Jan. 28, 2010 -- President Obama's State of the Union swipe at the Supreme Court's recent decision on corporate political contributions has focused fresh attention on concerns that foreign money could creep into American elections.
The president decried the 5 to 4 ruling, in part because he said it would open the door not only for corporations to spend on political campaigns, but potentially open the door for foreign interests as well.
"Well I don't think American elections should be bankrolled by America's most powerful interests, or worse, by foreign entities," he said. "They should be decided by the American people, and that's why I'm urging Democrats and Republicans to pass a bill that helps to right this wrong."
Obama's contention stems from one of the more controversial aspects of the decision in the case, Citizens United v. Federal Election Commission. The court found that corporations should be allowed to spend unlimited amounts on political commercials on the grounds that they should be treated just like individuals when it comes to First Amendment rights.
The problem, some election lawyers have said, is that it's much tougher to determine whether foreign money is behind a political ad when the check is cut by a multi-national corporation.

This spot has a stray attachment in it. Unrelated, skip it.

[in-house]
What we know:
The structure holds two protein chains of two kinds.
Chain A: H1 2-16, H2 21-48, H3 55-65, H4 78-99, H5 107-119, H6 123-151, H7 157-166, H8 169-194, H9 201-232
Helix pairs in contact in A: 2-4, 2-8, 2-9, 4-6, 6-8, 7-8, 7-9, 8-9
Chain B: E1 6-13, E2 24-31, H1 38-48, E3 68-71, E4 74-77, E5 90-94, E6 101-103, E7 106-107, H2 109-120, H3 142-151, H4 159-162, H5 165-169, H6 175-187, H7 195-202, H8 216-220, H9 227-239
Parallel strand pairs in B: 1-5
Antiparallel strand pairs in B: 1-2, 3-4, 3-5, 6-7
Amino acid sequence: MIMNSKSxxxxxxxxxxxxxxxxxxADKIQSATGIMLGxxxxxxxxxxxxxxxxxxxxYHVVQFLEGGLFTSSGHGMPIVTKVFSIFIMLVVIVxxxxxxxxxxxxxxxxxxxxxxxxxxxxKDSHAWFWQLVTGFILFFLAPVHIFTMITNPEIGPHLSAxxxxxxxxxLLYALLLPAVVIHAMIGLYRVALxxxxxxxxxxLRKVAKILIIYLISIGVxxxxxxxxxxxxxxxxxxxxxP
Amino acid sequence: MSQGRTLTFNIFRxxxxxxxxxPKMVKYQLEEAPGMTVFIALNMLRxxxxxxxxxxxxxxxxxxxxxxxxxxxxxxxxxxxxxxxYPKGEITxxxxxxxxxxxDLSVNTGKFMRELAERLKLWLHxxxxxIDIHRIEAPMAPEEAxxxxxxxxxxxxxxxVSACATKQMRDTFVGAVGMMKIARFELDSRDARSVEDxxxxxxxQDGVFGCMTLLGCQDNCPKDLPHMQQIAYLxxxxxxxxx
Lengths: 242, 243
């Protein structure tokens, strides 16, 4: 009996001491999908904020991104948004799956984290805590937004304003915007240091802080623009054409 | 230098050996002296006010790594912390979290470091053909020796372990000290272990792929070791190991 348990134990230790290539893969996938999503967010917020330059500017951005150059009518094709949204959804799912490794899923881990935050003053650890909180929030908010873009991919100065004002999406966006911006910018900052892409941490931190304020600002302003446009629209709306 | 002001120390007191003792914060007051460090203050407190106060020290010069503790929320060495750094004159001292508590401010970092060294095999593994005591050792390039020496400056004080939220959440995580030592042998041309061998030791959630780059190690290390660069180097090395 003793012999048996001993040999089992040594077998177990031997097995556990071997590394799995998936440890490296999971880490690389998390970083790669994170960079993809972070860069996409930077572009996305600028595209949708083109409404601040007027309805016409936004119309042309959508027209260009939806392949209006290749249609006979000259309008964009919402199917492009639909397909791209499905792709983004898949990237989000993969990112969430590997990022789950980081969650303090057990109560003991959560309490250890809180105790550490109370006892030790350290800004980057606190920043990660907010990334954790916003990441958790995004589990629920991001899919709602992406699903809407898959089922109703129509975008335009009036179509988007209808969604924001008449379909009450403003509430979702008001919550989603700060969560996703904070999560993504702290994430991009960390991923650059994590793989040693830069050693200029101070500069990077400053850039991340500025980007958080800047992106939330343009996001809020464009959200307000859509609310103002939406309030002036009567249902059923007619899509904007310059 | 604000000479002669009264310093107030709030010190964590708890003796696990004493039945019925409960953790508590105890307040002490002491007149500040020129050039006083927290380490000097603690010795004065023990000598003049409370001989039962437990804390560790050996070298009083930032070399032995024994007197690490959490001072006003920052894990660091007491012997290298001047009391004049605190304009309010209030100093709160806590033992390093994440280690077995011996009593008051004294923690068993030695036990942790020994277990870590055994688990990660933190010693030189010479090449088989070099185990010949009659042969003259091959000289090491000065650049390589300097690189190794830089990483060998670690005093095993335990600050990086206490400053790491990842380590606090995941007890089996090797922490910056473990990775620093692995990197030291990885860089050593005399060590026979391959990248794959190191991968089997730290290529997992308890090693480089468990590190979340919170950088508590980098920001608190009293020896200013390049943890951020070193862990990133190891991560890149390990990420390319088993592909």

But not everyone believes the foreign money concerns are well founded. Bradley A. Smith, a former FEC commissioner said the law already protects against foreign money entering the political system, and the new court ruling does nothing to weaken those protections.
"The President's swipe at the Supreme Court was a breach of decorum, and represents the worst of Washington politics -- scapegoating 'special interest' boogeymen for all that ails Washington in attempt to silence the diverse range of speakers in our democracy," said Smith, who now chairs the conservative advocacy group the Center for Competitive Politics.
Last week, Democrats in Congress said they believe a clear ban on foreign-owned companies from donating should be part of broad legislation being crafted to respond to the court decision and restore some restrictions on political contributions. The White House said last night that its lawyers would be deeply involved in those efforts.